Sunrise over V.A. Capitol.


April 27, 2001

Mr. Patrick Kershaw

The staff of the Freedom of Information Advisory Council is authorized to issue advisory opinions. The ensuing staff advisory opinion is based solely upon the information presented in your e-mails of March 21, 2001 and April 11, 2001.

Dear Mr. Kershaw:

You have asked two separate questions under the Virginia Freedom of Information Act (FOIA). First, you have asked for the Virginia Freedom of Information Advisory Council ("the Council") to investigate why the Fluvanna County government is not releasing certain requested information under the Virginia Freedom of Information Act (FOIA). Second, you ask about the application of the attorney-client privilege exemption of FOIA to a document that was distributed to a member of the public by one member of the Board of Supervisors. You allege that this distribution, without the authorization of the Board, negates the application of the exemption, and thus the document should be open to the public. This question was the subject of a previous opinion of the Council to you, dated January 31, 2001.1

Section 2.1-346.3 of the Code of Virginia grants the Council specific powers and duties. The Council has the authority to:

1. Furnish, upon request, advisory opinions or guidelines, and other appropriate information regarding the Freedom of Information Act ( 2.1-340 et seq.) to any person or agency of state or local government, in an expeditious manner;

2. Conduct training seminars and educational programs for the members and staff of public bodies and other interested persons on the requirements of the Freedom of Information Act;

3. Publish educational materials as it deems appropriate on the provisions of the Freedom of Information Act;

4. Request from any agency of state or local government such assistance, services and information as will enable the Council to effectively carry out its responsibilities. Information provided to the Council by an agency of state or local government shall not be released to any other party unless authorized by such agency; and

5. Report annually on or before December 1 of each year on its activities and findings regarding the Freedom of Information Act, including recommendations for changes in the law, to the Governor and the General Assembly.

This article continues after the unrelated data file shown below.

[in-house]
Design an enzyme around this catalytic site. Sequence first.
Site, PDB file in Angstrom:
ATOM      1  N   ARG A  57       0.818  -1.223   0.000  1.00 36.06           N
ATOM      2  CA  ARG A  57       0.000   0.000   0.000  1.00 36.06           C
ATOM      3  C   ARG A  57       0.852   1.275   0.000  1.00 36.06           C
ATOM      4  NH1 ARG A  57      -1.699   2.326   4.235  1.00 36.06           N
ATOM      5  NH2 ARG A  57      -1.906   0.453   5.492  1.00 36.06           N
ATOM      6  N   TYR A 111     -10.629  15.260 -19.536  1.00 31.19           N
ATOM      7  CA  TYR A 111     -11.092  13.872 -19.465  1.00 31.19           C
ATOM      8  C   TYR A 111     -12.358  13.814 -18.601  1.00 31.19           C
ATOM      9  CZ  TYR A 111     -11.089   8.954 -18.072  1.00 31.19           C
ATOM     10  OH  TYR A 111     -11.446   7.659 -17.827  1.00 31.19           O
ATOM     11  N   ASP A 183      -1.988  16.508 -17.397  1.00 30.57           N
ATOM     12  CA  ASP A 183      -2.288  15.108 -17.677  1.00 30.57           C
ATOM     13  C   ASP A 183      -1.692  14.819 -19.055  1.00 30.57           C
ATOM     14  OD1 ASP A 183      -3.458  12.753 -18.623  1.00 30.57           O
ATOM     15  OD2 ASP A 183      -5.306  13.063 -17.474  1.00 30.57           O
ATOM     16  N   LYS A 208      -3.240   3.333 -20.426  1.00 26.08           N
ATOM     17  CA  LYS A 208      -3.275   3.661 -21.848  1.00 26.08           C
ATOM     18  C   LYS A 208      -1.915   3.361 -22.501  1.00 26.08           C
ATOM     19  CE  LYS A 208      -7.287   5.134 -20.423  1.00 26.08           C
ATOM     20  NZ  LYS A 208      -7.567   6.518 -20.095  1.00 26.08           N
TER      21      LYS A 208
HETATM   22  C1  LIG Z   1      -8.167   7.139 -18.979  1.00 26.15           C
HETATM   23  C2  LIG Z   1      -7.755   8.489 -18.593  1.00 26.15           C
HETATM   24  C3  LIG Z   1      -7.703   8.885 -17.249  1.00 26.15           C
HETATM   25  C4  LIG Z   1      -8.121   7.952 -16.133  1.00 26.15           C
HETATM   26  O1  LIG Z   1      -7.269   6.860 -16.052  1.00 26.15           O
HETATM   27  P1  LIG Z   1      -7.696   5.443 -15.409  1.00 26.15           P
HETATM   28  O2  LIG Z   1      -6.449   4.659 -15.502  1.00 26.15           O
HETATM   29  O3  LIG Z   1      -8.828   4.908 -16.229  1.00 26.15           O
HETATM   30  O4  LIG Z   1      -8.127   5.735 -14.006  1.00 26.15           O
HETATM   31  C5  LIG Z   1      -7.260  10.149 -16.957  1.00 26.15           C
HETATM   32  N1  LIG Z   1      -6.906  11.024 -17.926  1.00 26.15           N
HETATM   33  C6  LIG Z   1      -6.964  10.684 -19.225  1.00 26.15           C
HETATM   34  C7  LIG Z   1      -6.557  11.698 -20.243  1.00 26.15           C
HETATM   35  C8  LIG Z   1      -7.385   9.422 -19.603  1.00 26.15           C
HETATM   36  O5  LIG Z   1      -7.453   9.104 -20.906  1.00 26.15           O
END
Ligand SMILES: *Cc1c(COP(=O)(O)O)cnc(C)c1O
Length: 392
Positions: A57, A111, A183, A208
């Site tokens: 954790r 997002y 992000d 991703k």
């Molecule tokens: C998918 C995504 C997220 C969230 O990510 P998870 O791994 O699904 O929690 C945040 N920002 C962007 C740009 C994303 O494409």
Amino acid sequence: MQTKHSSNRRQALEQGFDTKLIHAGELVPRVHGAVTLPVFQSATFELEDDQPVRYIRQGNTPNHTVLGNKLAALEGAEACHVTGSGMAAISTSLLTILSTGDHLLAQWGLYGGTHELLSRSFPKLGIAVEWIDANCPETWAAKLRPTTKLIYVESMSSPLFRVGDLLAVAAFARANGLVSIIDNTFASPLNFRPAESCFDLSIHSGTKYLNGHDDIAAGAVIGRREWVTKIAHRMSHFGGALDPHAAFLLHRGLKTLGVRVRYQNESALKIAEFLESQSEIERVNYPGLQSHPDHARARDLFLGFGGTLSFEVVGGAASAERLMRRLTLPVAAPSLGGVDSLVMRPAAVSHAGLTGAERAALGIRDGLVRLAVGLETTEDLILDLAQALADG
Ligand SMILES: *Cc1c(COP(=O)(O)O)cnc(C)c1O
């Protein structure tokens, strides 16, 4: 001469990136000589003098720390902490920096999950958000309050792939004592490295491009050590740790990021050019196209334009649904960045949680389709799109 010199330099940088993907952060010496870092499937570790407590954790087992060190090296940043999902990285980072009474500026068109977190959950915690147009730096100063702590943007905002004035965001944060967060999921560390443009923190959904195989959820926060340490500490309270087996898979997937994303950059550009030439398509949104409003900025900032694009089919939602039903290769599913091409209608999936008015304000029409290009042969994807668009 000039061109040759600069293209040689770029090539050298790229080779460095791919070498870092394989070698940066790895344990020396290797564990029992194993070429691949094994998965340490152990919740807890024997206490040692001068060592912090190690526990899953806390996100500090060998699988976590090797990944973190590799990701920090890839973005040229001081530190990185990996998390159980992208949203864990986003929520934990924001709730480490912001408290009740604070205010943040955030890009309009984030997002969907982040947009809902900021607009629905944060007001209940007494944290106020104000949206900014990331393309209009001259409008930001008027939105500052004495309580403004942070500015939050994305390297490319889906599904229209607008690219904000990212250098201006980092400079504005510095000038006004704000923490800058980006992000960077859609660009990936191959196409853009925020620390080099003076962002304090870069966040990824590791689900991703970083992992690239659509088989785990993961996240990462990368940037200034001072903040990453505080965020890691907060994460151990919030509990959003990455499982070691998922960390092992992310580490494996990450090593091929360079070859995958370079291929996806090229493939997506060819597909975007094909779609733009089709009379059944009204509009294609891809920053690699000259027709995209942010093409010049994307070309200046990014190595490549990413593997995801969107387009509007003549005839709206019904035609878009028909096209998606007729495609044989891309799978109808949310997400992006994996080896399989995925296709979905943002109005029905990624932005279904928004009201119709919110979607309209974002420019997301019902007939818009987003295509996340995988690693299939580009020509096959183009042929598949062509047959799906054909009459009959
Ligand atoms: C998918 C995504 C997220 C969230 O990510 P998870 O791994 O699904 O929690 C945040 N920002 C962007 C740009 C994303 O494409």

The Council may only perform those functions specifically delegated to it. As you can see from this list, the Council does not have the statutory authority to investigate an alleged FOIA violation.

In your email of March 21, 2001, you indicate that your local government is not releasing information that you believe is available under FOIA. You brought to our attention a FOIA lawsuit settled in another county. According to a newspaper article that you forwarded, the requestor involved in the lawsuit asked for "all correspondence, contracts, agendas, notes, minutes, resolutions, maps, plans, drawings, proposals and other records relating to" a sewage plant study. Under the settlement agreement, the requestor was allowed access to these documents. You assert that you have made a similar type of request in your own county but have been denied access to some of the relevant documents.

While I am not authorized to investigate your allegation of a FOIA violation, I suggest that you renew your request for the documents, bringing this recent FOIA lawsuit to the attention of the records custodian. If this approach does not produce the desired documents, and you still feel that your rights and privileges under FOIA have been violated, 2.1-346 sets forth the remedy available to you under the law. To enforce your rights, you may file a petition of mandamus or injunction, supported by an affidavit showing good cause, addressed to the general district court of the court of record of the county or city from which the public body has been elected or appointed to serve and in which such rights and privileges were so denied.

In addition to your request for an investigation, in an e-mail dated April 11, 2001 you asked about the application of the attorney-client privilege exemption found at subdivision A. 7 of 2.1-342.01. You had previously asked a question about the application of this exemption to a particular document, and I responded in an Advisory Opinion.2 You argue that because one member of the Board released the document to an outside party, without the consent of the full Board, the privilege has been breached and the exemption no longer applies. I previously opined in response to your question that the document was subject to the attorney-client privilege, and as such the public body, or members thereof, have the discretion to decide how much or how little of the privileged information will be made available to the public. This opinion is not affected by the new information you now provide that indicates that one member of the Board decided to release the document to an outside party without the consent of the Board as a whole.

Thank you for contacting this office. I hope that I have been of assistance.


Maria J.K. Everett
Executive Director

1 Virginia Freedom of Information Advisory Opinion 8 (2001).

2 Id.